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The Retry-After response HTTP header indicates the time that the client must wait before attempting another request to a specific server. It is primarily used in instances where overload or maintenance is underway. This guide to system communications aids in managing server load and statutory downtime, thereby enhancing overall system performance and reliability.
The Retry-After header can be defined in two ways:
Retry-After: <http-date> Retry-After: <delay-seconds>
<http-date>: This directive is specified in an HTTP-date format.
<delay-seconds>: This directive uses a nonnegative integer, representing the delay time in seconds.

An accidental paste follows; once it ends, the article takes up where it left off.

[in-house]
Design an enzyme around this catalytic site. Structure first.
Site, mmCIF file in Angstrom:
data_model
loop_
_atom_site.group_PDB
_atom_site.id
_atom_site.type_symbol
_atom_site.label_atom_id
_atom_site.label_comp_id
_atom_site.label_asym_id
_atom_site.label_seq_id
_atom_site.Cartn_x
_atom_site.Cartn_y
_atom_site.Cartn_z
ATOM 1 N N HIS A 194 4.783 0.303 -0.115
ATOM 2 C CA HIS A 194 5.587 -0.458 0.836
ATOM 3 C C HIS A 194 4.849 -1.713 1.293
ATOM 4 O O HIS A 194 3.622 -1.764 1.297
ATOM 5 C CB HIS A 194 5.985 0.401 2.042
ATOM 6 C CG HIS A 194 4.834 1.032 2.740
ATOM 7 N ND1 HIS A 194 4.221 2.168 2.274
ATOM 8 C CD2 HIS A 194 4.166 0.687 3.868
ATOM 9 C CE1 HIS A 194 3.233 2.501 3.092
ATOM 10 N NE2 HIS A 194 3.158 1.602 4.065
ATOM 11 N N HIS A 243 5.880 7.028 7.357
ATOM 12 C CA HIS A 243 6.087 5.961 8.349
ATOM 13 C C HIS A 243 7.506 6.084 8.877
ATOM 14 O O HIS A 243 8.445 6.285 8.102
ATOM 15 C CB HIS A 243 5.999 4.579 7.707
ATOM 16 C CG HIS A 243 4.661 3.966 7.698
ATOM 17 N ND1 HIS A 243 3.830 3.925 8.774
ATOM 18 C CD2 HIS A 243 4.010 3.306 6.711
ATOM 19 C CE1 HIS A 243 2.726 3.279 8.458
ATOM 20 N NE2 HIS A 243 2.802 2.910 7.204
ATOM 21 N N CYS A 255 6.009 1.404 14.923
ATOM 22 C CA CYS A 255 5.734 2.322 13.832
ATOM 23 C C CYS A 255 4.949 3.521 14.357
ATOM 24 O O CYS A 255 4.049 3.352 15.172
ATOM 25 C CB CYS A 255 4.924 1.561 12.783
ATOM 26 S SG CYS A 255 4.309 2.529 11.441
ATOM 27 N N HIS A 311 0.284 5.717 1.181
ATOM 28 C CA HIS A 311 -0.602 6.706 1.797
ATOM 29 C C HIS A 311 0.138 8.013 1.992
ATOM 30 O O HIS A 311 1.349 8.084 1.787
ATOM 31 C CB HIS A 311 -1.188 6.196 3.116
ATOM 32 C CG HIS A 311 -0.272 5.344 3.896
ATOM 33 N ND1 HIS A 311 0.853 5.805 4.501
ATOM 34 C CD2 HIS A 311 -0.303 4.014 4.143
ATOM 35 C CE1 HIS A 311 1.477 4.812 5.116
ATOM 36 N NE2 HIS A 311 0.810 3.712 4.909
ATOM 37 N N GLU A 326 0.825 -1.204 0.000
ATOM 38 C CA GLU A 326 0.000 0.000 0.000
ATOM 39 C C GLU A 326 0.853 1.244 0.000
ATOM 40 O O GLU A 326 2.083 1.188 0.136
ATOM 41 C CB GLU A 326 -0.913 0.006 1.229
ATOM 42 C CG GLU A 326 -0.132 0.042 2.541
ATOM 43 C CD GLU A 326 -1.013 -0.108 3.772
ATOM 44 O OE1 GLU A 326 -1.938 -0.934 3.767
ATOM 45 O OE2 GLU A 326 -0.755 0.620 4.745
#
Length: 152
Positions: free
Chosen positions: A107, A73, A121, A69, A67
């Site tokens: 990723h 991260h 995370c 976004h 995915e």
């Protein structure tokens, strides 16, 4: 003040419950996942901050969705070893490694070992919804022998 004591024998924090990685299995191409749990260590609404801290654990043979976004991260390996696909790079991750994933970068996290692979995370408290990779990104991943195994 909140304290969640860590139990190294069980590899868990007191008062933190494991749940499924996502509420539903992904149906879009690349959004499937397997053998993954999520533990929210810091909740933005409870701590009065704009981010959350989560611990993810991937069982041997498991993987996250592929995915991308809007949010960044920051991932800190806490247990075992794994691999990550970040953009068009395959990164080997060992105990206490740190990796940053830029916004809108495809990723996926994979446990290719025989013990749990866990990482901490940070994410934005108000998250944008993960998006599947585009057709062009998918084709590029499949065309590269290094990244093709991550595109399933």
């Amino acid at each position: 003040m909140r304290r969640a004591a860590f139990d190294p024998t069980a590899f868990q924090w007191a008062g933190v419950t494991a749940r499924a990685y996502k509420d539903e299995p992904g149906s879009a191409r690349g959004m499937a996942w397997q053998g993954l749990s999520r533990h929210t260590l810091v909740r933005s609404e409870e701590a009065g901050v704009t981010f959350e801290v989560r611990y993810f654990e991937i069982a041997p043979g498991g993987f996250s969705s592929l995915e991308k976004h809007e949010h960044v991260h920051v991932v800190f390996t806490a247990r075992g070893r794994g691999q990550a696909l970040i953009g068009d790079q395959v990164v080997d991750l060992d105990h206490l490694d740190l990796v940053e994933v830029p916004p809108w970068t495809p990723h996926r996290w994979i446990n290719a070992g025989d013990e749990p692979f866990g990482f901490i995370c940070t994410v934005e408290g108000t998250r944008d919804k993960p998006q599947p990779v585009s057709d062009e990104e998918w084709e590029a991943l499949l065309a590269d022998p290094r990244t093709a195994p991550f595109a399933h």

Example of Retry-After header with HTTP-date:
Retry-After: Wed, 21 Oct 2015 07:28:00 GMT
Example of Retry-After header with delay seconds:
Both examples instruct the client to repeat the request after the specified time.
How to modify Retry-After header
ModHeader is a Chrome extension that allows you to manipulate HTTP request headers. To modify the Retry-After header:
- Install the ModHeader extension from Chrome Web Store.
- Click on the ModHeader icon, then click on 'Add' to add a new header.
- In the 'Name' field, type 'Retry-After'. In the 'Value' field, either input the number of seconds the client should wait before reattempting or input the http-date when the client may try again.
- Refresh the page to apply the modified header.
Modifying Retry-After header with ModHeader can be very useful for testing the behavior of your web application in response to this header. This can help you ensure that your application handles the Retry-After header correctly, improving its reliability and robustness under various network conditions.